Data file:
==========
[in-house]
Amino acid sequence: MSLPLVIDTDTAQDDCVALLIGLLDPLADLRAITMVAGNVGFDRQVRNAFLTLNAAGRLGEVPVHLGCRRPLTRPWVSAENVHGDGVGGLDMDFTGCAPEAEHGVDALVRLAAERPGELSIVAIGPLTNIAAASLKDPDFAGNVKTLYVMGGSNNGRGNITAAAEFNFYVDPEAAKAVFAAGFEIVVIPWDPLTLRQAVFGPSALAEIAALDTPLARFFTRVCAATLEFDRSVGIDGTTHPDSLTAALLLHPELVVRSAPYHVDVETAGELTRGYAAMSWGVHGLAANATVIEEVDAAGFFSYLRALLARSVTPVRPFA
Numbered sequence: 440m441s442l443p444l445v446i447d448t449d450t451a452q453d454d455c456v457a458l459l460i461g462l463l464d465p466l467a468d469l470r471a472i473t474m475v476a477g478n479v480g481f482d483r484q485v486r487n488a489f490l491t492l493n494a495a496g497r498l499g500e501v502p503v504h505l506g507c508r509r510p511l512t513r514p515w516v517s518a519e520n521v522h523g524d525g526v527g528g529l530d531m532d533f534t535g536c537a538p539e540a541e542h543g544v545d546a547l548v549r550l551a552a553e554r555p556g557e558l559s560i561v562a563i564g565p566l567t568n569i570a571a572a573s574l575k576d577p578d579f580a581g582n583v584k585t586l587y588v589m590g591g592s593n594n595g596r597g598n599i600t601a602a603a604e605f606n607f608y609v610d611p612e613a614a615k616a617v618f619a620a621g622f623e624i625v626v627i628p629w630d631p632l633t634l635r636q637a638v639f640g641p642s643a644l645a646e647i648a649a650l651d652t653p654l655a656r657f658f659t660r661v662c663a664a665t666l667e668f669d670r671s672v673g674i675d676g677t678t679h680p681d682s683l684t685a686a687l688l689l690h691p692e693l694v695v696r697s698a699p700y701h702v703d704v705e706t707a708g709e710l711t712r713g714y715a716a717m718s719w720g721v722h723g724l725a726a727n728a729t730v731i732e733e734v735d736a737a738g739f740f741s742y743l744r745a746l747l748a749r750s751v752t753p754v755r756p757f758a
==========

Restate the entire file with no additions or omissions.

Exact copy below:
[in-house]
Amino acid sequence: MSLPLVIDTDTAQDDCVALLIGLLDPLADLRAITMVAGNVGFDRQVRNAFLTLNAAGRLGEVPVHLGCRRPLTRPWVSAENVHGDGVGGLDMDFTGCAPEAEHGVDALVRLAAERPGELSIVAIGPLTNIAAASLKDPDFAGNVKTLYVMGGSNNGRGNITAAAEFNFYVDPEAAKAVFAAGFEIVVIPWDPLTLRQAVFGPSALAEIAALDTPLARFFTRVCAATLEFDRSVGIDGTTHPDSLTAALLLHPELVVRSAPYHVDVETAGELTRGYAAMSWGVHGLAANATVIEEVDAAGFFSYLRALLARSVTPVRPFA
Numbered sequence: 440m441s442l443p444l445v446i447d448t449d450t451a452q453d454d455c456v457a458l459l460i461g462l463l464d465p466l467a468d469l470r471a472i473t474m475v476a477g478n479v480g481f482d483r484q485v486r487n488a489f490l491t492l493n494a495a496g497r498l499g500e501v502p503v504h505l506g507c508r509r510p511l512t513r514p515w516v517s518a519e520n521v522h523g524d525g526v527g528g529l530d531m532d533f534t535g536c537a538p539e540a541e542h543g544v545d546a547l548v549r550l551a552a553e554r555p556g557e558l559s560i561v562a563i564g565p566l567t568n569i570a571a572a573s574l575k576d577p578d579f580a581g582n583v584k585t586l587y588v589m590g591g592s593n594n595g596r597g598n599i600t601a602a603a604e605f606n607f608y609v610d611p612e613a614a615k616a617v618f619a620a621g622f623e624i625v626v627i628p629w630d631p632l633t634l635r636q637a638v639f640g641p642s643a644l645a646e647i648a649a650l651d652t653p654l655a656r657f658f659t660r661v662c663a664a665t666l667e668f669d670r671s672v673g674i675d676g677t678t679h680p681d682s683l684t685a686a687l688l689l690h691p692e693l694v695v696r697s698a699p700y701h702v703d704v705e706t707a708g709e710l711t712r713g714y715a716a717m718s719w720g721v722h723g724l725a726a727n728a729t730v731i732e733e734v735d736a737a738g739f740f741s742y743l744r745a746l747l748a749r750s751v752t753p754v755r756p757f758a